The recent Berman v. [email protected] case showed us that the whistleblower protections afforded in the Sarbanes-Oxley Act are still extremely important and relevant, despite many predictions that the whistleblower provision of the Dodd-Frank Act would make them obsolete.
Claims under SOX remain an excellent remedy for whistleblowers who have been victims of retaliation in the workplace. Here are some of the most important reasons you might consider filing a SOX claim:
- For the most part, federal courts have adopted the U.S. Department of Labor Administrative Review Board’s overall construction of protected conduct under SOX, and hold that SOX covers certain disclosures related to potential SEC rule violations.
- All SOX claims are exempt from having to go through mandatory arbitration procedures.
- SOX whistleblowers have a lesser burden of proof than whistleblowers in many other types of claims. They only are required to show that protected conduct “tended to affect” the ultimate result of the noted adverse action in any way.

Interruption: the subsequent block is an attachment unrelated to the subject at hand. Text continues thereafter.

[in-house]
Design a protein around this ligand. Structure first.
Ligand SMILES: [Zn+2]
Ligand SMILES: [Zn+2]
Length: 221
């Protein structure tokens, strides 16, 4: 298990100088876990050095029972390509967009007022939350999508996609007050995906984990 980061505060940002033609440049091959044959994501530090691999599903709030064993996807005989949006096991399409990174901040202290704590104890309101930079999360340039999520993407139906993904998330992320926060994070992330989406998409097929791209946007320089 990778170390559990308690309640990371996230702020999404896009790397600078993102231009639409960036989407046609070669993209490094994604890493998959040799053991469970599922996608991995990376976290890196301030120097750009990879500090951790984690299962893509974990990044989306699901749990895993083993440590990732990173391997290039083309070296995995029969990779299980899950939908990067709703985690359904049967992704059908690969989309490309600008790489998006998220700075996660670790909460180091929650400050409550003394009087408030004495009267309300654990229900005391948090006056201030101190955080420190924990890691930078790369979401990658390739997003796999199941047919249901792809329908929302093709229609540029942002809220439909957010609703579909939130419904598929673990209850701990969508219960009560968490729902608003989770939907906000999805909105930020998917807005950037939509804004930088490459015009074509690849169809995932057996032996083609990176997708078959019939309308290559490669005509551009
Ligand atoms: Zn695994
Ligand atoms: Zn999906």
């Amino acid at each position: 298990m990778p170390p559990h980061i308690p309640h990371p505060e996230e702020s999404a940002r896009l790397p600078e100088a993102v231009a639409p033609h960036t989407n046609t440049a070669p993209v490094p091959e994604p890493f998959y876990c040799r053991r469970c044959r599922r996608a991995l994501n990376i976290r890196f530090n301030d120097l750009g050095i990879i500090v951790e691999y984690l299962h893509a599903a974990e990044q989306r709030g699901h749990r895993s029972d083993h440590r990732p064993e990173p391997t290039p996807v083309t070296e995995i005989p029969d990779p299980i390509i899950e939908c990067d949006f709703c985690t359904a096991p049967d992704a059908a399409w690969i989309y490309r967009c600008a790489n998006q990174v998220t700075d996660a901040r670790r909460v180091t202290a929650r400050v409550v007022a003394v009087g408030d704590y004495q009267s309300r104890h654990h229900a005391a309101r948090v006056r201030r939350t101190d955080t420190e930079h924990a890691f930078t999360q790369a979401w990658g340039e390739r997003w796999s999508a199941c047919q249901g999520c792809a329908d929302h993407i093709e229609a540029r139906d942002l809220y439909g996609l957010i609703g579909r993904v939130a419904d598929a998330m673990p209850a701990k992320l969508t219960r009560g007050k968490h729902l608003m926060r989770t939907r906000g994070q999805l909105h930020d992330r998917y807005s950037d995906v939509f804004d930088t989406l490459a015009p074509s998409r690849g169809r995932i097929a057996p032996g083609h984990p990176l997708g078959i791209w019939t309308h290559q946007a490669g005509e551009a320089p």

- Under SOX, whistleblowers have access to uncapped compensation. A number of recent jury verdicts would indicate SOX whistleblowers could recover some significant damages for reputational harm and emotional distress.
- There is a heavy burden of proof on the employer to support a same-decision affirmative defense.
- Exhausting all of the available administrative remedies may offer key early discovery opportunities and result in preliminary reinstatement.
SOX whistleblower claims remain effective
Thus, despite what you might have heard, there are still plenty of reasons why anti-retaliation claims Sarbanes-Oxley Act are still relevant. For more information and sound legal guidance on these issues, consult a trusted Dallas attorney with Whistleblower Law for Managers.